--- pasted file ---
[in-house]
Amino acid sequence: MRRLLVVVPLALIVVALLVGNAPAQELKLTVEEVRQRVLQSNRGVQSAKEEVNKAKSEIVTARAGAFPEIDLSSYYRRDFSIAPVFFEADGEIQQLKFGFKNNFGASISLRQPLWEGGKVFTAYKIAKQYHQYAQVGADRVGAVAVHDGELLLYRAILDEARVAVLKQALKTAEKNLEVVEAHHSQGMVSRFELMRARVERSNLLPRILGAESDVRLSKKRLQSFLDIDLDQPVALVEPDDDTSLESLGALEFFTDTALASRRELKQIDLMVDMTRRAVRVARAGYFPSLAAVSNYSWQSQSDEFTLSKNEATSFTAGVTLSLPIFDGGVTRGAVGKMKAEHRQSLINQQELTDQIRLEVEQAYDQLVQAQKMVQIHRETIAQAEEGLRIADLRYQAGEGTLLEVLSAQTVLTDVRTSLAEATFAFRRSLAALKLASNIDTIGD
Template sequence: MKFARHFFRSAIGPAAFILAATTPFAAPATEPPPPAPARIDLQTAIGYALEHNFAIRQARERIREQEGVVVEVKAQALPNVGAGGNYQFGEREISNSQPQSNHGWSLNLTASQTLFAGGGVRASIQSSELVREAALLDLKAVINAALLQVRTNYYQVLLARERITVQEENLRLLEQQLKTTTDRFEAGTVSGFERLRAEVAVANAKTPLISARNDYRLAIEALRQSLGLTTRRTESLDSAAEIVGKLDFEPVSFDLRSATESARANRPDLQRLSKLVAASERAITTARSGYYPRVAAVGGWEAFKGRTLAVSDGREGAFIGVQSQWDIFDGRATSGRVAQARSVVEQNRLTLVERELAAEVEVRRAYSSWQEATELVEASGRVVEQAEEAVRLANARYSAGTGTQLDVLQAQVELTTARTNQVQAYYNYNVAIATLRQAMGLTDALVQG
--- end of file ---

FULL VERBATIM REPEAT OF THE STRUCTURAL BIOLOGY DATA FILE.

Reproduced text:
[in-house]
Amino acid sequence: MRRLLVVVPLALIVVALLVGNAPAQELKLTVEEVRQRVLQSNRGVQSAKEEVNKAKSEIVTARAGAFPEIDLSSYYRRDFSIAPVFFEADGEIQQLKFGFKNNFGASISLRQPLWEGGKVFTAYKIAKQYHQYAQVGADRVGAVAVHDGELLLYRAILDEARVAVLKQALKTAEKNLEVVEAHHSQGMVSRFELMRARVERSNLLPRILGAESDVRLSKKRLQSFLDIDLDQPVALVEPDDDTSLESLGALEFFTDTALASRRELKQIDLMVDMTRRAVRVARAGYFPSLAAVSNYSWQSQSDEFTLSKNEATSFTAGVTLSLPIFDGGVTRGAVGKMKAEHRQSLINQQELTDQIRLEVEQAYDQLVQAQKMVQIHRETIAQAEEGLRIADLRYQAGEGTLLEVLSAQTVLTDVRTSLAEATFAFRRSLAALKLASNIDTIGD
Template sequence: MKFARHFFRSAIGPAAFILAATTPFAAPATEPPPPAPARIDLQTAIGYALEHNFAIRQARERIREQEGVVVEVKAQALPNVGAGGNYQFGEREISNSQPQSNHGWSLNLTASQTLFAGGGVRASIQSSELVREAALLDLKAVINAALLQVRTNYYQVLLARERITVQEENLRLLEQQLKTTTDRFEAGTVSGFERLRAEVAVANAKTPLISARNDYRLAIEALRQSLGLTTRRTESLDSAAEIVGKLDFEPVSFDLRSATESARANRPDLQRLSKLVAASERAITTARSGYYPRVAAVGGWEAFKGRTLAVSDGREGAFIGVQSQWDIFDGRATSGRVAQARSVVEQNRLTLVERELAAEVEVRRAYSSWQEATELVEASGRVVEQAEEAVRLANARYSAGTGTQLDVLQAQVELTTARTNQVQAYYNYNVAIATLRQAMGLTDALVQG